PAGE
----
The risks and effects of heroin

Aka: Smack, gear, H, skag, junk, brown, horse, china white

Written by Eva Short


Heroin, the street name for the illegal drug diamorphine, is a opiate, or pain-killing drug. It is made by chemically altering morphine, a painkiller that is often given to patients in hospital settings. Morphine is extracted from opium poppies. 

It can be smoked, sniffed or dissolved in water and injected, depending on the type of heroin you get. In Europe, heroin commonly comes in two forms; brown heroin and white heroin. 

Street heroin is typically less than 50% pure. As it is made illegally, the purity can vary widely, which contributes to overdose deaths. Heroin, along with cocaine and alcohol, is one of the most addictive substances in the world. Along with being highly addictive, the drug poses many risks, including overdose and death.

What is brown heroin?

‘Brown heroin’, an off-white or brown powder, is the form most commonly found in Ireland. The colour is not consistent and brown heroin is often made of ‘base’ mixed with other substances, ranging from other chemical sedatives to powdered paracetamol. 

It becomes a vapour when it is heated so is often smoked out of foil. It can also be snorted, but this is less common. As brown heroin does not dissolve in water, it is less straightforward to inject. In order to inject it, users have to add an acid, such as citric acid, to turn it into its ‘salt’ form.

What is white heroin?

Heroin hydrochloride, more often known as ‘white heroin’ or ‘China white’, is occasionally found in Europe but is less common. Similar to brown heroin, it is often cut with other substances. It dissolves in water, so can easily be injected. It can also be snorted. It is less suitable for smoking than brown heroin.

How does it work?

When heroin enters the body, it is converted into morphine in the brain. The morphine attaches itself to parts of the brain that control pain signals (opioid receptors). Receptors are like tiny docking stations that catch neurotransmitters, chemical messengers in the brain that carry information between cells.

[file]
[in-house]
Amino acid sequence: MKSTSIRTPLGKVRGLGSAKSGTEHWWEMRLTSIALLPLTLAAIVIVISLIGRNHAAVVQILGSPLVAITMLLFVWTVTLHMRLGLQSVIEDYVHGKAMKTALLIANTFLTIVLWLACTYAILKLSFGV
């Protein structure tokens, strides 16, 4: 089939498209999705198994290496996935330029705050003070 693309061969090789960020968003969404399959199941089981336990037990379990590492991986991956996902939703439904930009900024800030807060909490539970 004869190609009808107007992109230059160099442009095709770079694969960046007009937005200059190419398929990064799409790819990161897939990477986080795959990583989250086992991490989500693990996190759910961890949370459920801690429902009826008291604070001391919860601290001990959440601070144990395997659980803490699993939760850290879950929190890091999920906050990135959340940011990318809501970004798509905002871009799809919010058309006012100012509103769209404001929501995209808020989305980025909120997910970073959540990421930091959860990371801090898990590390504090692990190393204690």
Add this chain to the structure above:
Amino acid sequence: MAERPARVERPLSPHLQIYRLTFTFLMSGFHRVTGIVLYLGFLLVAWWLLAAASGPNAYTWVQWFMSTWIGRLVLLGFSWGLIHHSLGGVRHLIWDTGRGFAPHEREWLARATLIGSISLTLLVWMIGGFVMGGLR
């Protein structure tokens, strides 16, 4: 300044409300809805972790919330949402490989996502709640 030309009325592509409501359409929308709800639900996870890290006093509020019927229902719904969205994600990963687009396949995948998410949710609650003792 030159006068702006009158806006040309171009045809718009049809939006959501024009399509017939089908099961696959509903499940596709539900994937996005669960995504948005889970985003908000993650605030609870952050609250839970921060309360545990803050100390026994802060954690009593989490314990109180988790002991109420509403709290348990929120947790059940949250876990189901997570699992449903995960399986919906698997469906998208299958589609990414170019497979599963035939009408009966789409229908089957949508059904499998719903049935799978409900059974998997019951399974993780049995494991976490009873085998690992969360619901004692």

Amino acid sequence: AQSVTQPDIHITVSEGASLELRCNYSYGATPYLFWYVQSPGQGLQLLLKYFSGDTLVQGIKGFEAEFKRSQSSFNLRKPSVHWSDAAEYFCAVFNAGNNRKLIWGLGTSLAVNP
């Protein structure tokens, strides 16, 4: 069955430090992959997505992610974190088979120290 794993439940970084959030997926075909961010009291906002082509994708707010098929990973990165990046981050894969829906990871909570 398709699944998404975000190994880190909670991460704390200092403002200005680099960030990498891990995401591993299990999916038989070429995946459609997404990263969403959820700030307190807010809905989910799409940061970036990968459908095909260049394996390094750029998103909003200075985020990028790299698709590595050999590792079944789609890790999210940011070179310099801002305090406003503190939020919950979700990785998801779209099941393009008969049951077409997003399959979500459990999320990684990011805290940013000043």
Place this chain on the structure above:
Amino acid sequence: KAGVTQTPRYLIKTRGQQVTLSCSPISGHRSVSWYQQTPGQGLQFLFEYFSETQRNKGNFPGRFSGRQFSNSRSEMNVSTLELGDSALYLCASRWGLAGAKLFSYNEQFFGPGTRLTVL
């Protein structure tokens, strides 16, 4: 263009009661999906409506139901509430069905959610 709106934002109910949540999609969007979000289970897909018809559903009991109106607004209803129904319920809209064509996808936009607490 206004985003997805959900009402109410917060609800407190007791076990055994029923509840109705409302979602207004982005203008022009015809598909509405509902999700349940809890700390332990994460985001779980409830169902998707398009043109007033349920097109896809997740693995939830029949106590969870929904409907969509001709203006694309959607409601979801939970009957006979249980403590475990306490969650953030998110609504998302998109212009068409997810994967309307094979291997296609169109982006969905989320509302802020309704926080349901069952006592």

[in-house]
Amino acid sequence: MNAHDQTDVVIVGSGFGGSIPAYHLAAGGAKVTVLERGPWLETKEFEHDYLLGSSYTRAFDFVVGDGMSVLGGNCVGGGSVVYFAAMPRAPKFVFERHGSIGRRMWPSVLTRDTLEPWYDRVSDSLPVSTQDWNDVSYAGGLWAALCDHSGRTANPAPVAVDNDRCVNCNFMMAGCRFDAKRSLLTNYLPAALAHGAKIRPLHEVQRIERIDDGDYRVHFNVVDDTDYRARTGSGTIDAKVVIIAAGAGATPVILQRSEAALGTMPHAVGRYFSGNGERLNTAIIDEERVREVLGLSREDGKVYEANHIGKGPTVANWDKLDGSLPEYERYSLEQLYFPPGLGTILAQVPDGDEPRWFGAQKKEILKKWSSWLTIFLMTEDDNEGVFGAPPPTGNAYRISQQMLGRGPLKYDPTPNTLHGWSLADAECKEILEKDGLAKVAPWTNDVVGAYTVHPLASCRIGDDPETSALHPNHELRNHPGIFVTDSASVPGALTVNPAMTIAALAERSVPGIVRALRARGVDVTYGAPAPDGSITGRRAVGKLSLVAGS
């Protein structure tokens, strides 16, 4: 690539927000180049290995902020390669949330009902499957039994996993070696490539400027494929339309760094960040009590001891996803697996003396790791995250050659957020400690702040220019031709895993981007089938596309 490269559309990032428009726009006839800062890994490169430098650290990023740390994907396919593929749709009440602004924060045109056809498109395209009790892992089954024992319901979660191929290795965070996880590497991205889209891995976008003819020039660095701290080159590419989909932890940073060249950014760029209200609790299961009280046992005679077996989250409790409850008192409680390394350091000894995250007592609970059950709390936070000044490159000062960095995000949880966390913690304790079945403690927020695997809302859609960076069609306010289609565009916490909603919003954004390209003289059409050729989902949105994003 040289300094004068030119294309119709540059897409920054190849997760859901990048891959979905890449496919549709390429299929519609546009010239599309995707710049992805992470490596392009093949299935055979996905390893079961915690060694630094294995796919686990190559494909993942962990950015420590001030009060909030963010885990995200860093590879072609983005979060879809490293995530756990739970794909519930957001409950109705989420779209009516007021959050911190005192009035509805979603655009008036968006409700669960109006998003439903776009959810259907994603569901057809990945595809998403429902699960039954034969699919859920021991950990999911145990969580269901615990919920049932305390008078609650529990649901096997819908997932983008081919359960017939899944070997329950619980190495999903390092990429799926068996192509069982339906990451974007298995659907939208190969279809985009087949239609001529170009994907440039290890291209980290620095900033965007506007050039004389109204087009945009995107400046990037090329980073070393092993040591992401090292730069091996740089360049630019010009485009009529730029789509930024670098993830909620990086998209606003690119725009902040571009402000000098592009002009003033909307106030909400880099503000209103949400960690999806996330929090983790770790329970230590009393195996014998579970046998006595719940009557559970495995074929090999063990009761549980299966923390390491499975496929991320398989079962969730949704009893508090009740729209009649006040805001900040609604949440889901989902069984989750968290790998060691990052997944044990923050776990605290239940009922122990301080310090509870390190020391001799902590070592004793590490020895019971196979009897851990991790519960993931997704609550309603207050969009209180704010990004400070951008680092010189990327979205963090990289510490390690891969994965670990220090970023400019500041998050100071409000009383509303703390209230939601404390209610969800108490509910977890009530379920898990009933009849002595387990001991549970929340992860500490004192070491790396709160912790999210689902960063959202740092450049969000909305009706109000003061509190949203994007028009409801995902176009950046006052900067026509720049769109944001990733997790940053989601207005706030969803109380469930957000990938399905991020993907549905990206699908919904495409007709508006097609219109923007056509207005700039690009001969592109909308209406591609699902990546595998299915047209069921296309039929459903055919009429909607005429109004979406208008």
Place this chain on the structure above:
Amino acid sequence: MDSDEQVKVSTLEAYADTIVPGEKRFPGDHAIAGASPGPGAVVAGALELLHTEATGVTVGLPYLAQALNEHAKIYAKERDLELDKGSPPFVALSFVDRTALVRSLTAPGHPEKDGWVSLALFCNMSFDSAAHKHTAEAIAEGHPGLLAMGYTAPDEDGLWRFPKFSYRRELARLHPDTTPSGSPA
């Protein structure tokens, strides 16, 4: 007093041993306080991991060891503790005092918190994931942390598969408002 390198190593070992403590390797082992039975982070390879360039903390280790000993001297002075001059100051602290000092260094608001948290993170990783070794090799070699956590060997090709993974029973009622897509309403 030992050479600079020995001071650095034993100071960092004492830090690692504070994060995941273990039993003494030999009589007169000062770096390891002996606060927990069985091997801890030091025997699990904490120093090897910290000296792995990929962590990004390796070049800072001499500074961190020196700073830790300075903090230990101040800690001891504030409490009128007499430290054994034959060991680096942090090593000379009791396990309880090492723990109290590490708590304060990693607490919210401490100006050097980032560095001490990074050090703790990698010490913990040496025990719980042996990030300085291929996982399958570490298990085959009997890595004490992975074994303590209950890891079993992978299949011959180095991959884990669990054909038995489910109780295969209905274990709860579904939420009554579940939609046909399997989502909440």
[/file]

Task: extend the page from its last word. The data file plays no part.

The morphine stops these receptors from sending pain signals, which is why both heroin and prescription opioids are known to limit pain in the body. 

Opioids can also override parts of the brain that limit the amount of dopamine, another neurotransmitter or chemical messenger, that can be experienced at one time. This makes users feel happy and reinforces the drug-taking behaviour in the brain, which is part of what makes it addictive.

What are its short-term effects of heroin?

Using the drug slows one’s breathing and causes an intense, peaceful high. Users may feel an initial euphoric ‘rush’ when they take heroin followed by a cosy, dream-like state that can last for a few hours. Injecting will produce a more intense and immediate high than snorting or smoking it.

Some people can experience nausea and vomiting, especially the first few times they use heroin. It also causes intense constipation.

What are the risks of taking heroin? 

Heroin use comes with many risks due to the inconsistency of purity, modes of use such as injection, how it slows down parts of the body (depressant effects) and more.

Overdose risk

Larger doses of heroin can lead to drowsiness and slowed breathing, which can lead to overdose, coma and death. Users who are overdosing may become entirely non-responsive or may lose consciousness. If they are speaking, their speech may be slurred, and they may be pale and clammy to touch. There is also a risk that someone using heroin may lose consciousness, vomit and then choke on their own vomit, which can lead to death.